When people choose to become photographers, it’s for the love of it: sharing moments of pure joy at weddings, births, and family sessions. Being the person behind the camera is much more than the art of capturing these moments, though, and it’s important, especially if you’re just starting your photography business, to zoom out and take inventory of the hidden costs of running a photography business.

hidden costs of running a photography business
how to be a wedding photographer

The physical toll and self care

One of the most overlooked aspects of running a photography business is the physical effort put into every aspect of our job. We’re constantly loading, unloading, setting up, and taking down equipment, plus carrying multiple pieces and juggling two heavy cameras at the same time. We’re getting down on the ground and way up high, twisting and contorting our bodies for the perfect angle. Then, when all is said and done, we’re somewhere hovering over a screen for hours on end, squinting to cull and edit thousands of photos. Every one hour behind the camera equates to about 8 hours of work behind the computer if you don’t outsource your work. Bet you hadn’t thought of it this way, huh?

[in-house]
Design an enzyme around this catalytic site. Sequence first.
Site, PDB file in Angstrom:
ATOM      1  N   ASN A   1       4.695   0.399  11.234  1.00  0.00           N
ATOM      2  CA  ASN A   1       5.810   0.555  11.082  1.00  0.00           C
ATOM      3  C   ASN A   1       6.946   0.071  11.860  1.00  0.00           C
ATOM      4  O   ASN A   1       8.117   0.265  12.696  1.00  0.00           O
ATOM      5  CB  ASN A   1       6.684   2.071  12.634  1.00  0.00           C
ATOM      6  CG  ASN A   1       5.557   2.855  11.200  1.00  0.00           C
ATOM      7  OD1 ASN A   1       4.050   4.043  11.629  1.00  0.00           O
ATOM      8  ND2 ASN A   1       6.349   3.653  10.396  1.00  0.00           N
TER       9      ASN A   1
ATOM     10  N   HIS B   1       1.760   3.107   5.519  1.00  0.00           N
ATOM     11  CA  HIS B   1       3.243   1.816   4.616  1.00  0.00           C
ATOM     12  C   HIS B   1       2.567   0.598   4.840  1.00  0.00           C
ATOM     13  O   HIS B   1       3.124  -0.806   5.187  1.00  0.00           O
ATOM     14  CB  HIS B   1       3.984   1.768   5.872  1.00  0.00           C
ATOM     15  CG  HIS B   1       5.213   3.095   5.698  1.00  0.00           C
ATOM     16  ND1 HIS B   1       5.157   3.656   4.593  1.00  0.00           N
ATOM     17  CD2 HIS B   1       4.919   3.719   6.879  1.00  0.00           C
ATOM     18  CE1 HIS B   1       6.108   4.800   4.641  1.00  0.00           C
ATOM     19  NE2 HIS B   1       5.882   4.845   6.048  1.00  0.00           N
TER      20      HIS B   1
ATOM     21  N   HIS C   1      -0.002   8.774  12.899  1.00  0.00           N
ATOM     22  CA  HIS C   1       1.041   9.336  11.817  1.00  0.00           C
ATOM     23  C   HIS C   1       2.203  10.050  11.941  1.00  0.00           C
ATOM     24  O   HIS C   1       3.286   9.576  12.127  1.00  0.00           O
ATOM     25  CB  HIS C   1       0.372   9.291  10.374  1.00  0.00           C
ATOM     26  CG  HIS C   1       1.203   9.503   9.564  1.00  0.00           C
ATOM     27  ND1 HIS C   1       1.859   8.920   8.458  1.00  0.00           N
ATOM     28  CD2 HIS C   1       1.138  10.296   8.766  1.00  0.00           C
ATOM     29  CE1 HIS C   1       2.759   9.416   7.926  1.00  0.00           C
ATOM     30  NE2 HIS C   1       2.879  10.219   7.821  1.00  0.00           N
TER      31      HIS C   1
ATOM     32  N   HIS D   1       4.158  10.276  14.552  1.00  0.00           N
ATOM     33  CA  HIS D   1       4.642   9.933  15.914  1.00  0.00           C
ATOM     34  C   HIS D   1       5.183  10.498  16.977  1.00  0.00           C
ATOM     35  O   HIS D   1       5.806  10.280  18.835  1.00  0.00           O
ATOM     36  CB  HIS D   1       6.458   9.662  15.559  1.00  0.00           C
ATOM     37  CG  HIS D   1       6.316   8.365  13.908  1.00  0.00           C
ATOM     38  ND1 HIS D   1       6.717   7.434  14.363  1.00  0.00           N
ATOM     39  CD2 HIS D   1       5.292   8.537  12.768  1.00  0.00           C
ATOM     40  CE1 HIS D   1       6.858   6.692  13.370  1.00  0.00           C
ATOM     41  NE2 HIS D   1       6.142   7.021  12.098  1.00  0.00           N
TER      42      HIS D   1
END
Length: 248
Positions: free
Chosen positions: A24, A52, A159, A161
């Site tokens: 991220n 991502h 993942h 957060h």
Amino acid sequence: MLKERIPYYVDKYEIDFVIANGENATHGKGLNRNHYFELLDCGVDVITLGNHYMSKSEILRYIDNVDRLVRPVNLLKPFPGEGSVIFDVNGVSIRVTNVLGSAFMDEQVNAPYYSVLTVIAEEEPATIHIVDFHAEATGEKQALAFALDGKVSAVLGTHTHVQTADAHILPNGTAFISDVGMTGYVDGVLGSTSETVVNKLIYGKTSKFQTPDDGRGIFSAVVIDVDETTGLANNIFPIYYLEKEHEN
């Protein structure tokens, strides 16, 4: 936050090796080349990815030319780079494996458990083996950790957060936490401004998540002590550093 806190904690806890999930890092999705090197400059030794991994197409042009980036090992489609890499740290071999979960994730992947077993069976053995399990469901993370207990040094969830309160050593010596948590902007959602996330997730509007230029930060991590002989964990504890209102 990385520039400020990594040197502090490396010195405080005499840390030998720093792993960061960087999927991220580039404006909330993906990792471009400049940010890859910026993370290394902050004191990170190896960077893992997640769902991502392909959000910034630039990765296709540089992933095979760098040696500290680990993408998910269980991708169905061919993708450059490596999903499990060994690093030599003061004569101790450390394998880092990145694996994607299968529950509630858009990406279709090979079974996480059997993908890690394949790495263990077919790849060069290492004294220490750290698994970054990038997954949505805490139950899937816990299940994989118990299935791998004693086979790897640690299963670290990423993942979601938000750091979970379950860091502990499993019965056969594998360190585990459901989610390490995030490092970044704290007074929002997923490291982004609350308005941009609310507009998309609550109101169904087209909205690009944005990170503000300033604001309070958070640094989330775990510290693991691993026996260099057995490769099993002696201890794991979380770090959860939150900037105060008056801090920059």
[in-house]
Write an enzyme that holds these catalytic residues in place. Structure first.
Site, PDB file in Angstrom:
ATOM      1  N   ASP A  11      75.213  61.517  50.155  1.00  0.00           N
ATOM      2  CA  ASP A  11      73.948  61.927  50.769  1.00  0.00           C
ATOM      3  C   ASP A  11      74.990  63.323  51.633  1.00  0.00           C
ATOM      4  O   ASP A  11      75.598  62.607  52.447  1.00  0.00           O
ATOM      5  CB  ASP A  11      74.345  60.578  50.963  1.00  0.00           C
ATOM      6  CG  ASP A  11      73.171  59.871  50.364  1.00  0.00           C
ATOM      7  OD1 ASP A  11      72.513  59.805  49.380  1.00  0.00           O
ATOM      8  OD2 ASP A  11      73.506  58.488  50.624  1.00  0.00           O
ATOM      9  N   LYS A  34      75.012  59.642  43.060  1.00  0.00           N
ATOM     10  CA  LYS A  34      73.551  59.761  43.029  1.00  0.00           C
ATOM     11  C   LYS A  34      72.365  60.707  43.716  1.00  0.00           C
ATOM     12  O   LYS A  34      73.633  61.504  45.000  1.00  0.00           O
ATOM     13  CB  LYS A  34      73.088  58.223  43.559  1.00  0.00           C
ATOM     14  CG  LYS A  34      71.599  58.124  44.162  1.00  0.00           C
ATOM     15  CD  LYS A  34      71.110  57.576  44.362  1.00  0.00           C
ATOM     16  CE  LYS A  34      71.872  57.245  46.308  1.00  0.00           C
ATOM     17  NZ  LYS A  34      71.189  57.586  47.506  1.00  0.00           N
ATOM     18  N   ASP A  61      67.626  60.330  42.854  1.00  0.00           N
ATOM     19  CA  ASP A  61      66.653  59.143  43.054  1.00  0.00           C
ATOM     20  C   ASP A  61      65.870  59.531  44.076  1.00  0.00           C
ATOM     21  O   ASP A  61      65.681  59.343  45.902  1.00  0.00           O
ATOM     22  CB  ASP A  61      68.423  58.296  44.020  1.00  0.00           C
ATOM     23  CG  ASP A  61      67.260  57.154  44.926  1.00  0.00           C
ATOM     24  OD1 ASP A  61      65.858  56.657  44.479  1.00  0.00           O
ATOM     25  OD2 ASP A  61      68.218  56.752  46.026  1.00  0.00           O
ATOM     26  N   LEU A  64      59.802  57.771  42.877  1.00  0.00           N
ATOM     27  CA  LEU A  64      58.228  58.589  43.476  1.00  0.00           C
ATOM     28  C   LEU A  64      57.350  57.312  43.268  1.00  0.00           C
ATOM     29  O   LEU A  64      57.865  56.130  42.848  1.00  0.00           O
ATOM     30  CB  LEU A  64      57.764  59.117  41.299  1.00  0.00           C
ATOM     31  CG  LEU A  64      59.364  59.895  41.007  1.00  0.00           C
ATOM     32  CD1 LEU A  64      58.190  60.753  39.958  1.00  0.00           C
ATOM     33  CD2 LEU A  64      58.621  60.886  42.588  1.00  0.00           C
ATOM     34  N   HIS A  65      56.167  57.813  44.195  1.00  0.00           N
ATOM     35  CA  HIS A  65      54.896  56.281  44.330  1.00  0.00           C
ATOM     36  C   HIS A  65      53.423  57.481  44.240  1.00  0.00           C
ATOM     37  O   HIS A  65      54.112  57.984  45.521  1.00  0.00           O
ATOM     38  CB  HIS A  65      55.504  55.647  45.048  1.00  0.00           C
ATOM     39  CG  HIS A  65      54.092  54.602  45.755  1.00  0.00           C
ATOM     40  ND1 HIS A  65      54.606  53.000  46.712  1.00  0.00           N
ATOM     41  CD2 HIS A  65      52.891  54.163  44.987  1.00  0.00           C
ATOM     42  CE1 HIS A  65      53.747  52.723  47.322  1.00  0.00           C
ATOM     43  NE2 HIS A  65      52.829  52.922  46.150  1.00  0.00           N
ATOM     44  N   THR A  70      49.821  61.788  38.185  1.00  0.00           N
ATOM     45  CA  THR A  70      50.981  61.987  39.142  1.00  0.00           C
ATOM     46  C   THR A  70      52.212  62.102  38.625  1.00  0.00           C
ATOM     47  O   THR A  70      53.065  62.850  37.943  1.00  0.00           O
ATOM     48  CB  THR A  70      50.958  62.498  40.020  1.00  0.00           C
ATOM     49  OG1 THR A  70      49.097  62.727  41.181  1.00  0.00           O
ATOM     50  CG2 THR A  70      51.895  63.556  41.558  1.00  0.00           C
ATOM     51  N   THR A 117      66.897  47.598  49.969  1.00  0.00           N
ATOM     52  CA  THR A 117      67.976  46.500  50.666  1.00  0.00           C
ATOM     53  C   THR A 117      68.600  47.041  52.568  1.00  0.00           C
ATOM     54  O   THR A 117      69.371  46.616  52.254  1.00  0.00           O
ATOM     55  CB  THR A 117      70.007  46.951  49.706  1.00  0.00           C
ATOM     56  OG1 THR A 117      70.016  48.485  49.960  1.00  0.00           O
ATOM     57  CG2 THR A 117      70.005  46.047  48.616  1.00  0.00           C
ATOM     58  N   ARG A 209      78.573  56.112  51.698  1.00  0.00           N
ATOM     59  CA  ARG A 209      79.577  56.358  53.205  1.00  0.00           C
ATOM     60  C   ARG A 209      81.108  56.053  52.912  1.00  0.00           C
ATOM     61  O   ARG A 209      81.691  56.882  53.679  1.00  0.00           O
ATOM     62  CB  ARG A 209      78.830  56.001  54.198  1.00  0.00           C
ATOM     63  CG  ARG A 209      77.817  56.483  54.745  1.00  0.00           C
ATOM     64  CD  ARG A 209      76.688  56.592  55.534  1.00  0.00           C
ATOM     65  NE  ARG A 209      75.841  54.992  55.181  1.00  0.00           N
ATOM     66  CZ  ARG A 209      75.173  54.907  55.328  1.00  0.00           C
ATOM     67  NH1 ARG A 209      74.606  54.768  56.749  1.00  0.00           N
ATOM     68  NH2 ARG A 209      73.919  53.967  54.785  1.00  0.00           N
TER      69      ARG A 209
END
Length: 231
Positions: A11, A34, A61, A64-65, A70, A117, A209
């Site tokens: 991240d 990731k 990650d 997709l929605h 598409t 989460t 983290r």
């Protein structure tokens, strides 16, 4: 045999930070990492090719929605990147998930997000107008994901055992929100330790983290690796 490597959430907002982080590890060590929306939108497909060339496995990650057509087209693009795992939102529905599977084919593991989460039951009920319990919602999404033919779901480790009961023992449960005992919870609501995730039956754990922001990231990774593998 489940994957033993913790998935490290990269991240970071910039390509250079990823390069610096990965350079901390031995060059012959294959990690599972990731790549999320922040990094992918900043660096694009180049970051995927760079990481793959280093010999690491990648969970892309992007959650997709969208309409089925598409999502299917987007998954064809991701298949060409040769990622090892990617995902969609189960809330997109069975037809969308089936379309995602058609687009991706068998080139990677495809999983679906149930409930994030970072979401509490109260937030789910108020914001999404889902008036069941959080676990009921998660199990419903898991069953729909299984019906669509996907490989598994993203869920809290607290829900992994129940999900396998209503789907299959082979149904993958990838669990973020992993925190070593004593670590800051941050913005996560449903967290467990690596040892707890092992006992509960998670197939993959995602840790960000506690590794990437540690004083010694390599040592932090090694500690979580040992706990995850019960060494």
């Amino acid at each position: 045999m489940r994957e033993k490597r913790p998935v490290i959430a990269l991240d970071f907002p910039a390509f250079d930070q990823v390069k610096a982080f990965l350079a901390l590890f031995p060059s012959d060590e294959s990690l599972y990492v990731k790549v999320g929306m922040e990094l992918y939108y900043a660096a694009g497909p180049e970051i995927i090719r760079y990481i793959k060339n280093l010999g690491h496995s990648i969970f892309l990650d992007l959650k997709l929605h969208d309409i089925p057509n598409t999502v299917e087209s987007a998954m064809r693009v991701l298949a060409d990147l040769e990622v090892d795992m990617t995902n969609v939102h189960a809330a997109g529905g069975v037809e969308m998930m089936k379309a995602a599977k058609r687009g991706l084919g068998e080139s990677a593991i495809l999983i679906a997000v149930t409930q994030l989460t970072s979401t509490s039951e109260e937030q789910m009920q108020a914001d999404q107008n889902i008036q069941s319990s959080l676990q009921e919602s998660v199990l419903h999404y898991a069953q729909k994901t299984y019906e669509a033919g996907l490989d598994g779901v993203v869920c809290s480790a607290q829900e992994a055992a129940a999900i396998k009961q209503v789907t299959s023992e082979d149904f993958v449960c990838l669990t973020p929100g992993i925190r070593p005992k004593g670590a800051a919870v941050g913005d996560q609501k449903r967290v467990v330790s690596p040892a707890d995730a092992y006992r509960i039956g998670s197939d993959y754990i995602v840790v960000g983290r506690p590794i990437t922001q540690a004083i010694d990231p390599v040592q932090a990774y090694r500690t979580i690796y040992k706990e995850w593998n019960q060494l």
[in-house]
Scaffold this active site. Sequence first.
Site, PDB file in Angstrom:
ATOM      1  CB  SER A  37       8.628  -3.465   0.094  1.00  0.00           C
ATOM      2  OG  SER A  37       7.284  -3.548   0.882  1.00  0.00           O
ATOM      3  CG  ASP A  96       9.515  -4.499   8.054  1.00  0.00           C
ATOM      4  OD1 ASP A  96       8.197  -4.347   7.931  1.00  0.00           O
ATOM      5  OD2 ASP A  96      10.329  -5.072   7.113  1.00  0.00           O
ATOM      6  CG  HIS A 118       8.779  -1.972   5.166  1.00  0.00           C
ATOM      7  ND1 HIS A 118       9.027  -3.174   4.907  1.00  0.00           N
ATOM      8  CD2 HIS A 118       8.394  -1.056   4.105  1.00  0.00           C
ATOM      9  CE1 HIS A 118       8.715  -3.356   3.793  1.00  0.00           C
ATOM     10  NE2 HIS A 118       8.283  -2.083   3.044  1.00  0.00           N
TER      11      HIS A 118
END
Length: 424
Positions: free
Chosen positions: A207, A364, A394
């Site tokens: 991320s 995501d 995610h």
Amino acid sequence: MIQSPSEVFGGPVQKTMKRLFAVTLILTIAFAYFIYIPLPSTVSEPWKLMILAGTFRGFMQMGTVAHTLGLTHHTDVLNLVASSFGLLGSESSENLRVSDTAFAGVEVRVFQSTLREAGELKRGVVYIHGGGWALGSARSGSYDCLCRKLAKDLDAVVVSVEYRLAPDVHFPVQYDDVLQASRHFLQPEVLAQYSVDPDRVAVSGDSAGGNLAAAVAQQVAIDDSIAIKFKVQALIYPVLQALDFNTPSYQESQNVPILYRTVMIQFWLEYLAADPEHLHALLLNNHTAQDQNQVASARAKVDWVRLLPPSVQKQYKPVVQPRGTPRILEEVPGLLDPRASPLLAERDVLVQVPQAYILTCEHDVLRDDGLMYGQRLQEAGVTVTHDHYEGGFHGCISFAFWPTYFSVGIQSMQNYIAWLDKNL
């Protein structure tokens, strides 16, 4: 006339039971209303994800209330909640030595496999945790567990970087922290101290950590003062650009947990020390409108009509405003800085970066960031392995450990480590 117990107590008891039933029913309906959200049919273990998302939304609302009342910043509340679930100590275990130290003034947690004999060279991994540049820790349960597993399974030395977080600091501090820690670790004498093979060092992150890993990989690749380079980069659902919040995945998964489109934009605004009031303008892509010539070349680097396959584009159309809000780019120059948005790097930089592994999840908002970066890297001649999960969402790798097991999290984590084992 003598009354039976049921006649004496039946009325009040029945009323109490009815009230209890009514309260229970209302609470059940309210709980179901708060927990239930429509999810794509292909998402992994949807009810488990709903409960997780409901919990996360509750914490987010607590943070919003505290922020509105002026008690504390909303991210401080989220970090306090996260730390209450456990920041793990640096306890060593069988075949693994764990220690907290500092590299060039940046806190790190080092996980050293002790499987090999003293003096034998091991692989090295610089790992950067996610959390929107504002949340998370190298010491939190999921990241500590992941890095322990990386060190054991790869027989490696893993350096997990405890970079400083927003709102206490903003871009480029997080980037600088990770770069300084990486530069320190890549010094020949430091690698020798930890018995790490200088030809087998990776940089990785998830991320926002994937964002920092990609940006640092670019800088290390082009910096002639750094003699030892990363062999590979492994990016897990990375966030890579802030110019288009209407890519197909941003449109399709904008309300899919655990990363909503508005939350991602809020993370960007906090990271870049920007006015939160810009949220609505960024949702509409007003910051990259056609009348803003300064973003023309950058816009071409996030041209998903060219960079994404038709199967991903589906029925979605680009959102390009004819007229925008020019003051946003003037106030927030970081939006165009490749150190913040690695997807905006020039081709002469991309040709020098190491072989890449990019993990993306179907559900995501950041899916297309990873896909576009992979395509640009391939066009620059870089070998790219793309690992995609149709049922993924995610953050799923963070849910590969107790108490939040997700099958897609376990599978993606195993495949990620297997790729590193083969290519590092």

When you’re working out your budget, factor in the cost of regular massage appointments, chiropractic work, physical therapy, and yoga and exercise classes.  In the  height of busy season I generally have to go to the chiropractor weekly, the massage therapist every other week, and have a check in with a physical therapist every few months to stay on top of repetitive use injuries.  

Exercise and cardio, especially when I’m traveling is incredibly important to my mental health and my physical health. It can seem exhausting after a long week of sessions or a wedding, but staying in shape is critical to the success of your photography business. After all, it simply wouldn’t exist without you.

PRO TIP: The Spider Dual Camera belt has been saving my back from pain for almost a decade now.  Carrying your DSLRs and lenses right on your hip takes away the stress from your shoulders and back and allows for safe and comfortable carrying with the convenience of being able to draw your camera like you’re a quickdraw McGraw.

how to be a wedding photographer

Emergencies and back up plans

You already know the value of your cameras, equipment, and the drives that hold your photos, which is why you should also have insurance (literally and metaphorically) on all of your gear and your business. Consider putting scheduled blocks for routine maintenance on all of your gear at the beginning of each quarter (or whenever makes the most sense for your use case), that way you can prevent breaks and mistakes before they happen.  If that’s not a possibility, know that you’re going to need a savings buffer for emergency rentals when things break.  In my case, I prefer to have 3 bodies available so that one is a working backup at all times.